2010 TRI/PRINCETON CONFERENCE 143 water plays a larger role in bleached than virgin hair. Looking simply at extensional prop- erties, we see stiffening with heat for bleached hair (Figure 7) as well as a steady decrease in break stress with heat (Figure 8). All these results show that the oxidative damage makes the fi ber less resilient to heat treatments. One can also monitor chemical effects, in particular we have tracked changes in surface chemistry through contact angle measurement (7). We plot the cosine of the contact an- gle, which is negative for hydrophobic surfaces and positive for hydrophilic ones. We see the loss of resiliency for oxidatively damaged hair in Figure 9. But with or without prior Figure 3. Effi cacy: Initial set vs. temperature (1 - perfect set 0 - no set). Figure 4. Effi cacy: Duration of initial hold vs. temperature.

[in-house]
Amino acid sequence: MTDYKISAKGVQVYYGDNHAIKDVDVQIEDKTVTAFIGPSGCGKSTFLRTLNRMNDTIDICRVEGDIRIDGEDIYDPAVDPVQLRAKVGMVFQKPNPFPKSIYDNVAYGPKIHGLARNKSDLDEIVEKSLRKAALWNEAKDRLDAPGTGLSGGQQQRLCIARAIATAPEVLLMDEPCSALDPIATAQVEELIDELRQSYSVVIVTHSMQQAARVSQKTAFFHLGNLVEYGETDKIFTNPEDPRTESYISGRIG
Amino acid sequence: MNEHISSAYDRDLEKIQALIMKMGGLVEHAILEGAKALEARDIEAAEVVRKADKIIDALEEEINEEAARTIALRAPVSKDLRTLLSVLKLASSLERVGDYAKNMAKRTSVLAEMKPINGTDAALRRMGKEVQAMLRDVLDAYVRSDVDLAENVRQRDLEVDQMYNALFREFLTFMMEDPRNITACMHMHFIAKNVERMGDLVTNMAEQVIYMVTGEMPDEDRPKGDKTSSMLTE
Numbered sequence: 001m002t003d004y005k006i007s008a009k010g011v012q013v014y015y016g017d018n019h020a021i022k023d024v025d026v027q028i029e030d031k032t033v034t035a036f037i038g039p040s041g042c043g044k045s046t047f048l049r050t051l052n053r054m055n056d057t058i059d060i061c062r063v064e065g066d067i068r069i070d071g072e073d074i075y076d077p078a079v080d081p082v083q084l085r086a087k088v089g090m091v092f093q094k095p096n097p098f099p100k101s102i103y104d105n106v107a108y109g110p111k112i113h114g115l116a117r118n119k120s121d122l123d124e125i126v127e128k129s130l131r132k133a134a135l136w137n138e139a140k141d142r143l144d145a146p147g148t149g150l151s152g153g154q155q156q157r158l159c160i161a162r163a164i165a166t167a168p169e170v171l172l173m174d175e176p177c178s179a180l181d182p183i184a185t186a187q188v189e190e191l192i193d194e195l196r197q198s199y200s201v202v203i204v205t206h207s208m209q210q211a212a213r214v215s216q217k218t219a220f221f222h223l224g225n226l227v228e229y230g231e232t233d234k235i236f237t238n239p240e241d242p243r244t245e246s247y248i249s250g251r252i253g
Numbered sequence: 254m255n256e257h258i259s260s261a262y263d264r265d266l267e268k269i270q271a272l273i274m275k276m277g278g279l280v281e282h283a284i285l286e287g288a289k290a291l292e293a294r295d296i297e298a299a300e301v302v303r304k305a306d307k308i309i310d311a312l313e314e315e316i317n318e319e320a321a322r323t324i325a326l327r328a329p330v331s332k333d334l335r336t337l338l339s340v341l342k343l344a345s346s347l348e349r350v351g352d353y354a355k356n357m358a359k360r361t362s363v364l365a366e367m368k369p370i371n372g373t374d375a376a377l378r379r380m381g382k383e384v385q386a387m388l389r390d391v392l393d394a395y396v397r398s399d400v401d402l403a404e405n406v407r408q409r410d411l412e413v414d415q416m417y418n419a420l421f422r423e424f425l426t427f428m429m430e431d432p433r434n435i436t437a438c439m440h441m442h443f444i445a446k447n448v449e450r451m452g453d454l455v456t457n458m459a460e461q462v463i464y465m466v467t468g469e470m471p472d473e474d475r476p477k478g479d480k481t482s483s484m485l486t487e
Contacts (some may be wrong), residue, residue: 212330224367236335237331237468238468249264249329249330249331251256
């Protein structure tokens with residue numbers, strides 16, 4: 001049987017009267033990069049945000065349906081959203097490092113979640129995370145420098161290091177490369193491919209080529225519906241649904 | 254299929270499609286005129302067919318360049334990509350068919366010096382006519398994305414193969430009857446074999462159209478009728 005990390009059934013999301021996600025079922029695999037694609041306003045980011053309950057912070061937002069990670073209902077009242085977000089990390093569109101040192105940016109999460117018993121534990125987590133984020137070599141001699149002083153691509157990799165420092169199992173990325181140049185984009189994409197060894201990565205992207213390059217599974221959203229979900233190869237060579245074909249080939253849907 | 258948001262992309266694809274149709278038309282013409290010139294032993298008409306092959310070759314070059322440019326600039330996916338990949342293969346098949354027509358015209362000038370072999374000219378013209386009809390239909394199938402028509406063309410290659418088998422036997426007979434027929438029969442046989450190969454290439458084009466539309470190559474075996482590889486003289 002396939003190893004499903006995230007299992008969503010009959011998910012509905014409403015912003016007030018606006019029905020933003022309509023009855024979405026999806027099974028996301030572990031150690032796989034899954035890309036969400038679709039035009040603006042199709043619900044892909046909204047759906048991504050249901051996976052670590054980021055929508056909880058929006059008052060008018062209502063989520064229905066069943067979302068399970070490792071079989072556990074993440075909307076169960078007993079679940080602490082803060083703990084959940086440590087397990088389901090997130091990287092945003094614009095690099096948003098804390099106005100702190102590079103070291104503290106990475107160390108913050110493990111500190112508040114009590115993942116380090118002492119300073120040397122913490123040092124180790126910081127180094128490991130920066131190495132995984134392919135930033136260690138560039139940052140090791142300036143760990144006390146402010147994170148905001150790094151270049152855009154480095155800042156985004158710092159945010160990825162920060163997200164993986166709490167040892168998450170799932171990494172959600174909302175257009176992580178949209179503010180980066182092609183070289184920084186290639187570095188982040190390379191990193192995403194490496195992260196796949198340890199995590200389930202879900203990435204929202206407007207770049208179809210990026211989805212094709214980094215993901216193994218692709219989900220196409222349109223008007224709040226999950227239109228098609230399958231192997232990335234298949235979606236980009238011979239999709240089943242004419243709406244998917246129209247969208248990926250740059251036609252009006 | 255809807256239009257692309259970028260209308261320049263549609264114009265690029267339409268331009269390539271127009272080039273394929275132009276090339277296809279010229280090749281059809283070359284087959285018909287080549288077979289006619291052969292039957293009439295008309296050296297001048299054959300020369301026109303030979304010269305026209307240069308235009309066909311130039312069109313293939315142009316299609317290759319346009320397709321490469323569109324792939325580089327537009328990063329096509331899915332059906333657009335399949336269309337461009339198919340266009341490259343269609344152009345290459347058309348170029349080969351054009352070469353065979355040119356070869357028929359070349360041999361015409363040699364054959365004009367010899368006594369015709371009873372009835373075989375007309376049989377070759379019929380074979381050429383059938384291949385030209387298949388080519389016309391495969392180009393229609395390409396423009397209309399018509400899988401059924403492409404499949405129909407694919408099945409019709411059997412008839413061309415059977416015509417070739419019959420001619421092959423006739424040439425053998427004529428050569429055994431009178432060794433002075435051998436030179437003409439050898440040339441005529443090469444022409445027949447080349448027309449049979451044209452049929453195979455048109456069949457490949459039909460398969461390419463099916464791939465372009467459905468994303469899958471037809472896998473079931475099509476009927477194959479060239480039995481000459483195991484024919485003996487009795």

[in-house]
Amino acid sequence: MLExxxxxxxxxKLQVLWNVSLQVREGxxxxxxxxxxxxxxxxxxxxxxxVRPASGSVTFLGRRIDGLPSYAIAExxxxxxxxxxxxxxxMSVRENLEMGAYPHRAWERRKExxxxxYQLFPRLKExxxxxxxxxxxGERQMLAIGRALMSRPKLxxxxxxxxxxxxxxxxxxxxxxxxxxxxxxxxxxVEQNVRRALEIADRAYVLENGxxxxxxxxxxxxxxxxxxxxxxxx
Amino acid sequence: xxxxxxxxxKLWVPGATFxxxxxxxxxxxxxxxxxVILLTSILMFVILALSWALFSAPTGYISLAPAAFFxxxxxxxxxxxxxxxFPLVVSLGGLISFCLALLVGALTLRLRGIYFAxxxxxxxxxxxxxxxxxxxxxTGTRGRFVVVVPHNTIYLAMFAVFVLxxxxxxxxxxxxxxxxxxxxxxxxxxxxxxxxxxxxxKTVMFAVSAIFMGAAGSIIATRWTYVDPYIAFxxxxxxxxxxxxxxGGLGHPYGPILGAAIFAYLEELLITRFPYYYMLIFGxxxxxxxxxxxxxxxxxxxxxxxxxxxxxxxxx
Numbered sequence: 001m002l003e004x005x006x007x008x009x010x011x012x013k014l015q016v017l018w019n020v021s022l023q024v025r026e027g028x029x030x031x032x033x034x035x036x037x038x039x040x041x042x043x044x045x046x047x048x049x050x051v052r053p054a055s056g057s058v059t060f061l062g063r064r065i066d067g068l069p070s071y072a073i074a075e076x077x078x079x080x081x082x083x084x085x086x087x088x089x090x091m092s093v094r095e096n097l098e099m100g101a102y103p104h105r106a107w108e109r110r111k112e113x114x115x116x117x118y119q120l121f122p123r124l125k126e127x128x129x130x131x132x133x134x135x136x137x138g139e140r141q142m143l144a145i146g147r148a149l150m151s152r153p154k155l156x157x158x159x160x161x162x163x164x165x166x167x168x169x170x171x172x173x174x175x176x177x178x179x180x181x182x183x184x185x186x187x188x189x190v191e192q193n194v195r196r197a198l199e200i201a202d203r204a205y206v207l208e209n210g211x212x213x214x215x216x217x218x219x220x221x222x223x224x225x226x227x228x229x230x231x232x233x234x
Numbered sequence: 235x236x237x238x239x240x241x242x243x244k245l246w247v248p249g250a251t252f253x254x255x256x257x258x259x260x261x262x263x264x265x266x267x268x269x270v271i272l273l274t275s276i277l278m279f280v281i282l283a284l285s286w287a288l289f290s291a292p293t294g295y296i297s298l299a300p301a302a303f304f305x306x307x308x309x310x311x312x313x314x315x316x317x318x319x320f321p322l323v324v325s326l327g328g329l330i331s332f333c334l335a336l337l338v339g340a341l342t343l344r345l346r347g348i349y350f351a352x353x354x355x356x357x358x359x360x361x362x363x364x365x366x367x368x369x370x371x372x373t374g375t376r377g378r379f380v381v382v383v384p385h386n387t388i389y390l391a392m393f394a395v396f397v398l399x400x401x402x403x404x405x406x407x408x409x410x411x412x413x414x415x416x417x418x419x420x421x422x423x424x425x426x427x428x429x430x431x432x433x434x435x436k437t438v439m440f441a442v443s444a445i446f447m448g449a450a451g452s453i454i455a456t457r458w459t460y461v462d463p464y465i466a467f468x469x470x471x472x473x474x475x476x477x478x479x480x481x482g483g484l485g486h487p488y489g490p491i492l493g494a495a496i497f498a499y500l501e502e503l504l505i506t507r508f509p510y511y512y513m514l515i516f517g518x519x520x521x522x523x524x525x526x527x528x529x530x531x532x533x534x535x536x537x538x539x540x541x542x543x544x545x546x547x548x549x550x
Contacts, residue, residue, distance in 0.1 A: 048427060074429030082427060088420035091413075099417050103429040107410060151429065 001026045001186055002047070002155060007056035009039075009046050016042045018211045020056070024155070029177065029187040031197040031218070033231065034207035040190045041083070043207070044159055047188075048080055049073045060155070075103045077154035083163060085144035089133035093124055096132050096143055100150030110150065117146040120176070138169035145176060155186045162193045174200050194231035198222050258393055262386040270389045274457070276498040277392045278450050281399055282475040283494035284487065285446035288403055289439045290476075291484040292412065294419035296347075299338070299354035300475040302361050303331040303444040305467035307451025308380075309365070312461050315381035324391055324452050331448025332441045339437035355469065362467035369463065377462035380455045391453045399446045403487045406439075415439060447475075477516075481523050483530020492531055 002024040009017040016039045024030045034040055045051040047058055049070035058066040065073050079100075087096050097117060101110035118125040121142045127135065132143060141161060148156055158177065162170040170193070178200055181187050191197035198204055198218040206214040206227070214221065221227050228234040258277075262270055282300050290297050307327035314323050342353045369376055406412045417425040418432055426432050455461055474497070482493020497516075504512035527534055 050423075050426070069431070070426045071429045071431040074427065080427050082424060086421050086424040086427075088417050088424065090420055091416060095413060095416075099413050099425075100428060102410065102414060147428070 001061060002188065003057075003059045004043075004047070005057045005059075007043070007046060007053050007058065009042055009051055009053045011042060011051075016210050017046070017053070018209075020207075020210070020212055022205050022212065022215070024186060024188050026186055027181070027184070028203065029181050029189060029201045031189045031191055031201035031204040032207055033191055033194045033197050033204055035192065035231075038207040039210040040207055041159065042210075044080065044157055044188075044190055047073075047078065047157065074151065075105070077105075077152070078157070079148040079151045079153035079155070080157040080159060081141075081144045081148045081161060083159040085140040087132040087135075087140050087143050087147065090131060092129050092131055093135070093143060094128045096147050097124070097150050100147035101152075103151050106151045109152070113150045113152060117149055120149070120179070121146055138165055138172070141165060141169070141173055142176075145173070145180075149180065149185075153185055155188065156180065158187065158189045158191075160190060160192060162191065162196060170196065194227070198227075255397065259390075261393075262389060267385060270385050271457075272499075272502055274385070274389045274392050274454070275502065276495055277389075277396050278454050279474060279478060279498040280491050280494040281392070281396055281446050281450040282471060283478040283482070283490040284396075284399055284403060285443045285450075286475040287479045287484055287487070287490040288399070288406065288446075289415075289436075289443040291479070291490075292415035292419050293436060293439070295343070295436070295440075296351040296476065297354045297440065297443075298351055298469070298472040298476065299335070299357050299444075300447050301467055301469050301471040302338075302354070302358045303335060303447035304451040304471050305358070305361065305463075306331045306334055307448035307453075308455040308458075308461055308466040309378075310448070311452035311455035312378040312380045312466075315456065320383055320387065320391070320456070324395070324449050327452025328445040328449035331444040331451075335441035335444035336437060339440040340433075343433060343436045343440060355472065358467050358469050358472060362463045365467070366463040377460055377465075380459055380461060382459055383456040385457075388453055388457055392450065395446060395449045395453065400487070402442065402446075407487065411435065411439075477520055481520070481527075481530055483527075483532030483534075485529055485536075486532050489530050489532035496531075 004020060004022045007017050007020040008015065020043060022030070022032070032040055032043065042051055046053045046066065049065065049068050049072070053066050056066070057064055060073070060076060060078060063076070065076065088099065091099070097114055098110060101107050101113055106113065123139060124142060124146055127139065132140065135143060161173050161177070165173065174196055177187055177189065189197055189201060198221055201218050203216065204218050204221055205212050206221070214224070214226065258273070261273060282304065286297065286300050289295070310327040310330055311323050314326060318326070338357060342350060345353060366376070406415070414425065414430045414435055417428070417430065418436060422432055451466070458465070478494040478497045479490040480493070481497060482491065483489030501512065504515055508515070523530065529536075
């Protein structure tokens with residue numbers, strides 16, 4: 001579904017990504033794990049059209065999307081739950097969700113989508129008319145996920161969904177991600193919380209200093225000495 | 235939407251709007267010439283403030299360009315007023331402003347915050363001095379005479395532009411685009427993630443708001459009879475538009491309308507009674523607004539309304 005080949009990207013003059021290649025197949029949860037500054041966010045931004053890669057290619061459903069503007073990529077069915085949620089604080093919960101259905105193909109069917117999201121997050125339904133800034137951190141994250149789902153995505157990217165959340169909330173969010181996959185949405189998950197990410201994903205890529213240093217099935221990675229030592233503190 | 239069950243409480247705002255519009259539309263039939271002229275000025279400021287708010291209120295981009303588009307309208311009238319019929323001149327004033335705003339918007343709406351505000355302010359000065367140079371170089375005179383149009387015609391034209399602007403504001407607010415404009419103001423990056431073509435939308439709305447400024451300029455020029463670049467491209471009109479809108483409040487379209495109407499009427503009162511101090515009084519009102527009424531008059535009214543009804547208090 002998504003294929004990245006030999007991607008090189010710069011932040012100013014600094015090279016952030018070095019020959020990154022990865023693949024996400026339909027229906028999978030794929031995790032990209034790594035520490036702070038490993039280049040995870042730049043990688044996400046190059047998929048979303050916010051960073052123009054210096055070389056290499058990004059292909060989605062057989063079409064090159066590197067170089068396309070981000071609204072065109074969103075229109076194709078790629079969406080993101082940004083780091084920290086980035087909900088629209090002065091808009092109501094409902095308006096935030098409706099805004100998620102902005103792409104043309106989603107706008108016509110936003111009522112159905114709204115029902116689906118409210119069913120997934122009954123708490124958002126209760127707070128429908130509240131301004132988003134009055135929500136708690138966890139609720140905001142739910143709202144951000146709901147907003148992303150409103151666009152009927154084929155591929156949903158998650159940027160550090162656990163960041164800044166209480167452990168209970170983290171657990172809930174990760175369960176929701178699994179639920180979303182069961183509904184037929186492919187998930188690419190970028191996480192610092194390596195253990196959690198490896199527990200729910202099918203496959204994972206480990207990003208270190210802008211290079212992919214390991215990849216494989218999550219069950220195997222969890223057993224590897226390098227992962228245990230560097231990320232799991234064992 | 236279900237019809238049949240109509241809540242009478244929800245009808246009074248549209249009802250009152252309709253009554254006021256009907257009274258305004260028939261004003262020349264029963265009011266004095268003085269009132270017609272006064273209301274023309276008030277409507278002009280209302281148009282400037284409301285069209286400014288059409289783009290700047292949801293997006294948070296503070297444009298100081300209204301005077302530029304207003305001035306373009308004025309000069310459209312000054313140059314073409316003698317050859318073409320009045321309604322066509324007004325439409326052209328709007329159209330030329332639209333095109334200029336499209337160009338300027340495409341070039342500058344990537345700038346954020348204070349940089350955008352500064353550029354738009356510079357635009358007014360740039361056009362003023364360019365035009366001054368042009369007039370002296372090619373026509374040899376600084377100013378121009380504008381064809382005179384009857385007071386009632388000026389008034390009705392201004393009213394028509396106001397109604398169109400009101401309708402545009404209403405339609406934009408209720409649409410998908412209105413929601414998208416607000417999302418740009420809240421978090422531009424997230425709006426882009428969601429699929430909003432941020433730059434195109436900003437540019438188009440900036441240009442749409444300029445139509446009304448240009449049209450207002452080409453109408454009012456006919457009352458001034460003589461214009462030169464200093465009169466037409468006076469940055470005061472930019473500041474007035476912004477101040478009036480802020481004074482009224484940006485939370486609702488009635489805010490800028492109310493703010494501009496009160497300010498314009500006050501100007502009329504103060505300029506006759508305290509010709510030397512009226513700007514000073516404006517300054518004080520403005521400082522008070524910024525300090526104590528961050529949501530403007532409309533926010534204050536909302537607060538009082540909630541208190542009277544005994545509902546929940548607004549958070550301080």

JOURNAL OF COSMETIC SCIENCE 144 Figure 5. Effi cacy: Final recovery vs. temperature (0 - perfect hold 1 - no remaining hold). Figure 6. Torsional changes from heat damage (bleached hair, 60 sec. treatment). damage, this is suggestive of damage to the hydrophobic 18-MEA coating on the fi ber surface after exposure to high temperatures. DISCUSSION AND CONCLUSION The thermodynamics of water set have been well explained in terms of the glass transition and the process of aging (4,5,8–10). Water set is performed by shaping wet hair into the desired shape and holding it for some time after the water evaporates. We understand why this works by examining how the glass transition temperature depends on water in
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